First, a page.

Like A Girl

Pushing the conversation on gender equality.

Code Like A Girl

2008 and My First Foray into Coding

When I was in 11th grade, in 2008, I took a programming class where we were taught how to code programs in Visual Basic.

This Visual Basic class was my favourite class in high school, aside from Writer’s Craft. Our weekly assignments were always fun. My favourite assignment was the slot machine game we built near the end of the semester (something similar to this).

But my love for that class was not inherent or immediate. Quite the opposite, actually.

The first week of the course had nothing to do with coding at the computer, but everything to do with solving MENSA-style logic problems.

I didn’t pass any of my assignments that week, and by the end of it I was having a teary-eyed breakdown in front of my teacher, listing every excuse under the sun for why I should just drop the course. Among those reasons was that I didn’t feel smart enough.

My programming teacher, Ms. Graham, was a fierce lady. When I had this breakdown in her classroom after school one day, she refused to accept my defeat. She told me that I just needed to keep trying and to look at things in a different way. That learning to program didn’t have to do with how smart I was, but my ability to look at the world differently than I was used to.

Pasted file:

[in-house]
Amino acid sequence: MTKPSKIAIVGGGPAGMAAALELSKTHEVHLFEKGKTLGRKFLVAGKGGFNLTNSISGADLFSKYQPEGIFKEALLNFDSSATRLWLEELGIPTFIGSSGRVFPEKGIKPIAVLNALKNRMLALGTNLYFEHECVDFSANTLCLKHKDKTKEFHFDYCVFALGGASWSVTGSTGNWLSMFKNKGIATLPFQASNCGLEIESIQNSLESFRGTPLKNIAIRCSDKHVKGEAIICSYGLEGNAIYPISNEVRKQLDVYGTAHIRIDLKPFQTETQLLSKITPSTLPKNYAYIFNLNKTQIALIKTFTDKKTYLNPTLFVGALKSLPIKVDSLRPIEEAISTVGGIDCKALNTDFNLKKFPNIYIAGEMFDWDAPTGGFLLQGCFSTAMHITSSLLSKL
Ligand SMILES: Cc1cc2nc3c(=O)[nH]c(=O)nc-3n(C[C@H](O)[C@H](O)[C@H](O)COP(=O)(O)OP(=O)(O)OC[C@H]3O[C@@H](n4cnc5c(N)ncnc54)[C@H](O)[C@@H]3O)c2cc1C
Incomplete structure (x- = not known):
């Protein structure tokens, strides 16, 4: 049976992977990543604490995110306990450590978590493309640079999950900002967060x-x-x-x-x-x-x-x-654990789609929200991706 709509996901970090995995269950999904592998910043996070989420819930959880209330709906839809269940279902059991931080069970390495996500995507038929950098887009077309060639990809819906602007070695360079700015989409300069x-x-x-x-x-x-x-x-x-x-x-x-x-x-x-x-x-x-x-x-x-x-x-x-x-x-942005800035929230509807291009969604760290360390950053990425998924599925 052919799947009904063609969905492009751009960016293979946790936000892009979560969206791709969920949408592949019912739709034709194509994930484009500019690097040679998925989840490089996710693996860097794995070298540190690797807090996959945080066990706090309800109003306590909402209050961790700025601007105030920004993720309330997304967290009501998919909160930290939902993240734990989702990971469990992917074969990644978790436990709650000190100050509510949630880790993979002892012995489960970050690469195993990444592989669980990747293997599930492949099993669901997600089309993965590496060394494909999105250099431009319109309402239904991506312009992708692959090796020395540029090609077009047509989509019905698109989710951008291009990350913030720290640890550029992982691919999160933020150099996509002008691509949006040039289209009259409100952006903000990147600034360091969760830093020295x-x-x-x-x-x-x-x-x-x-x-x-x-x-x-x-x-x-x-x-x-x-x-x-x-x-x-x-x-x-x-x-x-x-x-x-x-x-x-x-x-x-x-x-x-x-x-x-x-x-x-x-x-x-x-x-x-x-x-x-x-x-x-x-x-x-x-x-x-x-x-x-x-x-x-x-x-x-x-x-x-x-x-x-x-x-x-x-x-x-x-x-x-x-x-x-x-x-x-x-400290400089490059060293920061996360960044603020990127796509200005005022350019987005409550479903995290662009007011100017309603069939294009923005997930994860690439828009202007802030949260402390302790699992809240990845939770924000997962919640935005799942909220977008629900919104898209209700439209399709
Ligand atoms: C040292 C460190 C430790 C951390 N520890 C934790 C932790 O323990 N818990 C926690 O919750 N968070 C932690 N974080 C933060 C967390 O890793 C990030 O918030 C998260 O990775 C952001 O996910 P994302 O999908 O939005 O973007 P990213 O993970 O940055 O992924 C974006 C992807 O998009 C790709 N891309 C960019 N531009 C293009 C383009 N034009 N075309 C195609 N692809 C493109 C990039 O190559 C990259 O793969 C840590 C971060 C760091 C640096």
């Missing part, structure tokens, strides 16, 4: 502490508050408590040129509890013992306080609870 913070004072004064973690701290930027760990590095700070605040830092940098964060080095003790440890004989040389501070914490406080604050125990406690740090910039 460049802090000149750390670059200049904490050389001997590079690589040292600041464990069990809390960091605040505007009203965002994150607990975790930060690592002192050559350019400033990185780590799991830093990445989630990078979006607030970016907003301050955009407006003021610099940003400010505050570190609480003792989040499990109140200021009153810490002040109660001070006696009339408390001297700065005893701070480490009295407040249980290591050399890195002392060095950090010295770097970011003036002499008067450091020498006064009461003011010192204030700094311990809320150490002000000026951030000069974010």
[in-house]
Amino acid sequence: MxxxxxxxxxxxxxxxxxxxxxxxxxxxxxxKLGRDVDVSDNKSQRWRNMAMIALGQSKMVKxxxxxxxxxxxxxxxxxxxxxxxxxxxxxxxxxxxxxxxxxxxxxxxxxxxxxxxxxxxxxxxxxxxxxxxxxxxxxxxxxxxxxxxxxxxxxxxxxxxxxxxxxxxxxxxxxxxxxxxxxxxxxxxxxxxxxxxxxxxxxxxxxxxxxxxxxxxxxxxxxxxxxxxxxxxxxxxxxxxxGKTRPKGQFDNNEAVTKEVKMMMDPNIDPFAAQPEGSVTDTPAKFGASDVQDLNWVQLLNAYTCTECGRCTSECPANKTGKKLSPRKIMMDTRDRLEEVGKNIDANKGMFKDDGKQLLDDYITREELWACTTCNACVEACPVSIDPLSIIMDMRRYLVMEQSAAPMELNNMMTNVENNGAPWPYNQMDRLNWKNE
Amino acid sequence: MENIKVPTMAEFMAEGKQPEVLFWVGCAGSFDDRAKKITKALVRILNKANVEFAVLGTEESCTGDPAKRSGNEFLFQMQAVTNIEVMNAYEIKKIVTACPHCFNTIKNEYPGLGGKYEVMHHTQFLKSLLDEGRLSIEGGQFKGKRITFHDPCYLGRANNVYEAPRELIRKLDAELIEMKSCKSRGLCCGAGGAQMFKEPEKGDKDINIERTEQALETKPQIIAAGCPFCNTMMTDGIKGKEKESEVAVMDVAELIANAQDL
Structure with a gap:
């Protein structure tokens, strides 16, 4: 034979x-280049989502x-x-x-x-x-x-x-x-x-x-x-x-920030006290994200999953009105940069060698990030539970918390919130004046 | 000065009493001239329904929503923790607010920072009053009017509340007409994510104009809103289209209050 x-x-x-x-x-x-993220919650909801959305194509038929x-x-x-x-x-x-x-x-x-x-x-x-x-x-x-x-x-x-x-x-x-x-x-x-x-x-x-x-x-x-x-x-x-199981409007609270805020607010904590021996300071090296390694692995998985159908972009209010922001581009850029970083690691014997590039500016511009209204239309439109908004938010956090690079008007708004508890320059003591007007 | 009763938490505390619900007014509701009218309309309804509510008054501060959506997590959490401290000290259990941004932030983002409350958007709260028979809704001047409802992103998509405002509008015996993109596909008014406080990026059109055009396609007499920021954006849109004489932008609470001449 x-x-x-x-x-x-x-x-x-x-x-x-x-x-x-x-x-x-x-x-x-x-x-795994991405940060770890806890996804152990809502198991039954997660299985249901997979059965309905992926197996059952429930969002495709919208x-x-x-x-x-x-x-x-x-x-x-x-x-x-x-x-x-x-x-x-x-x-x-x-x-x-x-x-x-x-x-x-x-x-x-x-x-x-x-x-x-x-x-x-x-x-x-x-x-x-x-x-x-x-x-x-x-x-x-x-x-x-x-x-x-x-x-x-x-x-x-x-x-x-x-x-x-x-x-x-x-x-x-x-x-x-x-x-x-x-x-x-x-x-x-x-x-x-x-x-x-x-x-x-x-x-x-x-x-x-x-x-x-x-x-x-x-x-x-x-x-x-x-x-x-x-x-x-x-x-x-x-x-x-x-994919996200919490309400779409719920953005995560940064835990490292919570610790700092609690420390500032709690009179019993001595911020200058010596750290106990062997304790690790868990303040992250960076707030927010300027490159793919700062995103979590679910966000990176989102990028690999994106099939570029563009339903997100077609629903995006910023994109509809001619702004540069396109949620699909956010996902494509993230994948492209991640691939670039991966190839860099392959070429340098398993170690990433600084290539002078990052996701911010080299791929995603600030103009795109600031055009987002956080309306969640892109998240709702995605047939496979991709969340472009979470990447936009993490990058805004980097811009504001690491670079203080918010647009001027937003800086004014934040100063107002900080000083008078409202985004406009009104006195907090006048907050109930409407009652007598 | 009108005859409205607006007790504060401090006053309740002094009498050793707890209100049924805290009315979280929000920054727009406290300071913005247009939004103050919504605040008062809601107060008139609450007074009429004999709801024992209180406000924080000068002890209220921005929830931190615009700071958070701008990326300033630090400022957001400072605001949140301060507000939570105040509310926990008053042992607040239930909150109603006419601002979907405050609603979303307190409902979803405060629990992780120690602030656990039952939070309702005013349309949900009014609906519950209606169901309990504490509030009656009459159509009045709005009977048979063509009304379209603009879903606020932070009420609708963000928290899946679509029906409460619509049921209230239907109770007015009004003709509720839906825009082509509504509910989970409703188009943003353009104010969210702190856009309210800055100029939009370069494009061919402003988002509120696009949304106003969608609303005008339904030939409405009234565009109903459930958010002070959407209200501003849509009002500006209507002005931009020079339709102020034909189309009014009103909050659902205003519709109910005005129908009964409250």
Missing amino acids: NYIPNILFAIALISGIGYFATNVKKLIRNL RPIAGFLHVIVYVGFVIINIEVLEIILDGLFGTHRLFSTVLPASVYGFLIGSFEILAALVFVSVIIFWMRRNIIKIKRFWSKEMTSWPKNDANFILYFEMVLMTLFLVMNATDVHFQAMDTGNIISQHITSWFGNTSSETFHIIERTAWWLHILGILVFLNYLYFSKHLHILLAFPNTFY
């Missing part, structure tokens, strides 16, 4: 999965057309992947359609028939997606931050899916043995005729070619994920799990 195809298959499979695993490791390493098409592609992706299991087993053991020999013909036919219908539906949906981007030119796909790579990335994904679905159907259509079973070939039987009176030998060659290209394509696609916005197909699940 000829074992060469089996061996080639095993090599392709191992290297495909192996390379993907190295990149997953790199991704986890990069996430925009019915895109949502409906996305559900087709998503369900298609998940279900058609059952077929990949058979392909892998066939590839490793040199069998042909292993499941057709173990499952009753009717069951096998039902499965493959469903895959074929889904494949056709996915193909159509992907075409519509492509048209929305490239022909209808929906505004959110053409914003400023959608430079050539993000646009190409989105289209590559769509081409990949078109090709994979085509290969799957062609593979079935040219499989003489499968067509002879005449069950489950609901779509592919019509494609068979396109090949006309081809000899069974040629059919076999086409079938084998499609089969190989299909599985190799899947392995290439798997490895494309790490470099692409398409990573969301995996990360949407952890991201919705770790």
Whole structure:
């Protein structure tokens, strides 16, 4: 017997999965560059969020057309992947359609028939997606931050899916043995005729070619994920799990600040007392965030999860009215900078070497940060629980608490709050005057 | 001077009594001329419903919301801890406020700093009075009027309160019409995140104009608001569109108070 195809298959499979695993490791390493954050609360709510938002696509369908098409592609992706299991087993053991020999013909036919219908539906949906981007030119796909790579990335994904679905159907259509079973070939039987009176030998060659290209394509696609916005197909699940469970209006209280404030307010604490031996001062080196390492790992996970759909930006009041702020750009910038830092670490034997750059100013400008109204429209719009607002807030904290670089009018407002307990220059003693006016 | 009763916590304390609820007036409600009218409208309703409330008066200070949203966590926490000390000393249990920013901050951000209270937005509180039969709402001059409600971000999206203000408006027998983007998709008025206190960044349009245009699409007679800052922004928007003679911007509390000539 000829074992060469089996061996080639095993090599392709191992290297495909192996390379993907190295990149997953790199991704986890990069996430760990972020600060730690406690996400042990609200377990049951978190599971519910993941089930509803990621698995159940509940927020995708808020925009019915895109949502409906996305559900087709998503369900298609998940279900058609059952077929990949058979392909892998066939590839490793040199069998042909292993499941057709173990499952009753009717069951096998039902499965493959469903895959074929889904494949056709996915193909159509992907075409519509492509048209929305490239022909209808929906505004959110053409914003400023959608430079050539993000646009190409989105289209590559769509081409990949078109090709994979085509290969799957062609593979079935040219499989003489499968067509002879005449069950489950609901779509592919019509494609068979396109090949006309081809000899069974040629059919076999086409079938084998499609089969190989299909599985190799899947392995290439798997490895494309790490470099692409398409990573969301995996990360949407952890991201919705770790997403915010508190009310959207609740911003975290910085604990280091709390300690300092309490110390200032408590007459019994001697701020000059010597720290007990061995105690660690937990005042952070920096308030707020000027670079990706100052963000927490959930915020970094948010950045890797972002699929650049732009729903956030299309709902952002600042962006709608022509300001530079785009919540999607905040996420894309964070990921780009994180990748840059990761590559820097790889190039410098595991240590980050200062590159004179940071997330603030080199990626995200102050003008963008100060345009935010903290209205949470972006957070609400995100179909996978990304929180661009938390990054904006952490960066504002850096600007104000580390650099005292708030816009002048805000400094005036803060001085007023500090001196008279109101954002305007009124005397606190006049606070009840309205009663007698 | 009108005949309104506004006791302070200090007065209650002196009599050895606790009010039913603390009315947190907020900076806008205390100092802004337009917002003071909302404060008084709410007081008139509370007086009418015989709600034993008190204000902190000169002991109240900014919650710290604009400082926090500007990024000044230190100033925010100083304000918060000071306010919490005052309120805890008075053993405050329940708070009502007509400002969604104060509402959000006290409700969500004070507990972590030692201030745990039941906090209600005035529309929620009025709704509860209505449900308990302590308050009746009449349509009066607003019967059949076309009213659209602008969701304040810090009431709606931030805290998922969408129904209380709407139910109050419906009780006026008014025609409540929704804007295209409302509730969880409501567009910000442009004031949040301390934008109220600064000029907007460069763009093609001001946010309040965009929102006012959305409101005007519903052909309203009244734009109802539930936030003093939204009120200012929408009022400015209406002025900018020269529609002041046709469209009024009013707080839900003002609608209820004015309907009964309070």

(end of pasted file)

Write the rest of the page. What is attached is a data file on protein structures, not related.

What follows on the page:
MySpace was hugely popular in 2008 and I was obsessed with it. I loved not only its social value, but also the fact that I could customise the layout and style of my page. My girl friends and I used to spend hours hacking pre-written HTML codes for our profile pages until they were exactly how we wanted them to be. My hands never learned how to draw like an artist, but dang could I hack a MySpace profile to match my aesthetic.

It wasn’t until today that I realized this:

The two most important memories I have about coding are directly linked to some of the most important ladies in my life.

Near the end of 2016, while on a leave of absence from a Masters degree in Communication Science, I decided to take a front-end development course. It felt nice to be in an environment where I already felt ahead of the game. I understood the basics of HTML from my MySpace days, and grasping the logic of JavaScript wasn’t as difficult (or traumatic) as my first week in that Visual Basic class. It was as though I was back in my element, a feeling I had lost completely after a really hard year following treatment and recovery from a cancer diagnosis.

It’s becoming more and more obvious to me that a big part of the reason that I feel so drawn to the coding community after an 8 year hiatus from anything programming related are the ladies who inspired me in 2008, and all the ladies I’ve met since I started coding again in 2016.

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